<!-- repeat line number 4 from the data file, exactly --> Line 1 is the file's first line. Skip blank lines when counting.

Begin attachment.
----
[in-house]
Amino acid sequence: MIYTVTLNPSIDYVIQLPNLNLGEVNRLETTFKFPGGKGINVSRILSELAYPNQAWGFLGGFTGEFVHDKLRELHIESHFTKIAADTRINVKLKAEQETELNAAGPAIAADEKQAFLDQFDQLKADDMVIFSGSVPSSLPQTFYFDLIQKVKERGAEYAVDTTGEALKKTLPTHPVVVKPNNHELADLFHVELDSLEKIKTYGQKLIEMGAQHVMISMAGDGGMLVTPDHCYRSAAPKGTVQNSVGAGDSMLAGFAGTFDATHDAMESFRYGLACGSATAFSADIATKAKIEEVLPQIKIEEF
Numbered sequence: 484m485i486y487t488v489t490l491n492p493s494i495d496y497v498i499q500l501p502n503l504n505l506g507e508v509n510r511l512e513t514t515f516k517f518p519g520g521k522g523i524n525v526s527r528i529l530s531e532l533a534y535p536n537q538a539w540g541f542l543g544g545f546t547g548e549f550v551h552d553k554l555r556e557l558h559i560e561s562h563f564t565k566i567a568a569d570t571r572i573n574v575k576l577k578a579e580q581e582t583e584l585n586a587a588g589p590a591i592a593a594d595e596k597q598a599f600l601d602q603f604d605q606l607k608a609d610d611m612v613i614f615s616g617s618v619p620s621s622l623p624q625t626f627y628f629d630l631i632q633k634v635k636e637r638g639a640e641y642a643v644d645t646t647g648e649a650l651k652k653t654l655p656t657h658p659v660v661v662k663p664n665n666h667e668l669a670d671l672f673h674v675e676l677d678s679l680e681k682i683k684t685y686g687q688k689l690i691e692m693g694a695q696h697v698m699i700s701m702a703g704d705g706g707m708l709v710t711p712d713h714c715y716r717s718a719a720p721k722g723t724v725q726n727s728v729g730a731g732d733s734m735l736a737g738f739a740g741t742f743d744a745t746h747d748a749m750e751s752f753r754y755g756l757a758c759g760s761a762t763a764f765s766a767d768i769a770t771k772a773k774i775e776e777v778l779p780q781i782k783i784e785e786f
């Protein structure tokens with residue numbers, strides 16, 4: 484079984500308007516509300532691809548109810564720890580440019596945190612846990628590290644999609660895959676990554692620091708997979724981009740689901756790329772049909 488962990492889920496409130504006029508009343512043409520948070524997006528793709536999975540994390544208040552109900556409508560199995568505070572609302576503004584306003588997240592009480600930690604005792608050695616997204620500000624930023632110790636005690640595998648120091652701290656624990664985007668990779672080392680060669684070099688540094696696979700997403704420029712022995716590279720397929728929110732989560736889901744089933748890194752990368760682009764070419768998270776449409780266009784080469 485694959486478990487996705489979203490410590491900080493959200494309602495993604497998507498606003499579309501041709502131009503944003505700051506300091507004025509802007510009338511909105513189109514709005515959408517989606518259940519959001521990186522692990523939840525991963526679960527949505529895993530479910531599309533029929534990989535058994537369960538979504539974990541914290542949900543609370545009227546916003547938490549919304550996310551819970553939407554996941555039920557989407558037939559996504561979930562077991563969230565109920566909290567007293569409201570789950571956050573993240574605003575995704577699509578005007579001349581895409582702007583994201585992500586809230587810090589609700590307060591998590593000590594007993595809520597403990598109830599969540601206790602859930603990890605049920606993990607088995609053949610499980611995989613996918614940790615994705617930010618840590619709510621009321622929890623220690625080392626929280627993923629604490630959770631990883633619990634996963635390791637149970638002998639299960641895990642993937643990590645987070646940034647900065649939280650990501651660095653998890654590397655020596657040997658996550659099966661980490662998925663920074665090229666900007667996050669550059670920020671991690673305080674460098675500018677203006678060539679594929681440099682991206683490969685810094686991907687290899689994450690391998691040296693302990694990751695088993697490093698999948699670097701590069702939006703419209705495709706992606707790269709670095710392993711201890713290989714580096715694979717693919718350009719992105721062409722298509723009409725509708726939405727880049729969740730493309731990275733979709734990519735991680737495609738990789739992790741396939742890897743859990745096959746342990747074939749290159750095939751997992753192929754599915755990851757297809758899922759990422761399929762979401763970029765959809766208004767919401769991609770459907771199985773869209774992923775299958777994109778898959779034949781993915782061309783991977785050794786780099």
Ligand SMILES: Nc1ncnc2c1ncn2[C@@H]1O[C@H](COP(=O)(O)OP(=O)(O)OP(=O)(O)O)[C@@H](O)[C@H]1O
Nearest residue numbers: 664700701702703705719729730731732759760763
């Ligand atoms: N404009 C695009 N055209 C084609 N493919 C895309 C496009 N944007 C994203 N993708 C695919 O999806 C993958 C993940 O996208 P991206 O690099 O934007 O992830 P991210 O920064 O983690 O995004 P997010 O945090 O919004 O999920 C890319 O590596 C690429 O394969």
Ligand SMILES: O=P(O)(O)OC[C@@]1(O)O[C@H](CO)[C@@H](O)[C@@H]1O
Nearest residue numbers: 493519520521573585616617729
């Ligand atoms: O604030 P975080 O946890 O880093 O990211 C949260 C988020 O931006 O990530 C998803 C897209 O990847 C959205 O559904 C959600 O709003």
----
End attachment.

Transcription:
């Protein structure tokens with residue numbers, strides 16, 4: 484079984500308007516509300532691809548109810564720890580440019596945190612846990628590290644999609660895959676990554692620091708997979724981009740689901756790329772049909 488962990492889920496409130504006029508009343512043409520948070524997006528793709536999975540994390544208040552109900556409508560199995568505070572609302576503004584306003588997240592009480600930690604005792608050695616997204620500000624930023632110790636005690640595998648120091652701290656624990664985007668990779672080392680060669684070099688540094696696979700997403704420029712022995716590279720397929728929110732989560736889901744089933748890194752990368760682009764070419768998270776449409780266009784080469 485694959486478990487996705489979203490410590491900080493959200494309602495993604497998507498606003499579309501041709502131009503944003505700051506300091507004025509802007510009338511909105513189109514709005515959408517989606518259940519959001521990186522692990523939840525991963526679960527949505529895993530479910531599309533029929534990989535058994537369960538979504539974990541914290542949900543609370545009227546916003547938490549919304550996310551819970553939407554996941555039920557989407558037939559996504561979930562077991563969230565109920566909290567007293569409201570789950571956050573993240574605003575995704577699509578005007579001349581895409582702007583994201585992500586809230587810090589609700590307060591998590593000590594007993595809520597403990598109830599969540601206790602859930603990890605049920606993990607088995609053949610499980611995989613996918614940790615994705617930010618840590619709510621009321622929890623220690625080392626929280627993923629604490630959770631990883633619990634996963635390791637149970638002998639299960641895990642993937643990590645987070646940034647900065649939280650990501651660095653998890654590397655020596657040997658996550659099966661980490662998925663920074665090229666900007667996050669550059670920020671991690673305080674460098675500018677203006678060539679594929681440099682991206683490969685810094686991907687290899689994450690391998691040296693302990694990751695088993697490093698999948699670097701590069702939006703419209705495709706992606707790269709670095710392993711201890713290989714580096715694979717693919718350009719992105721062409722298509723009409725509708726939405727880049729969740730493309731990275733979709734990519735991680737495609738990789739992790741396939742890897743859990745096959746342990747074939749290159750095939751997992753192929754599915755990851757297809758899922759990422761399929762979401763970029765959809766208004767919401769991609770459907771199985773869209774992923775299958777994109778898959779034949781993915782061309783991977785050794786780099």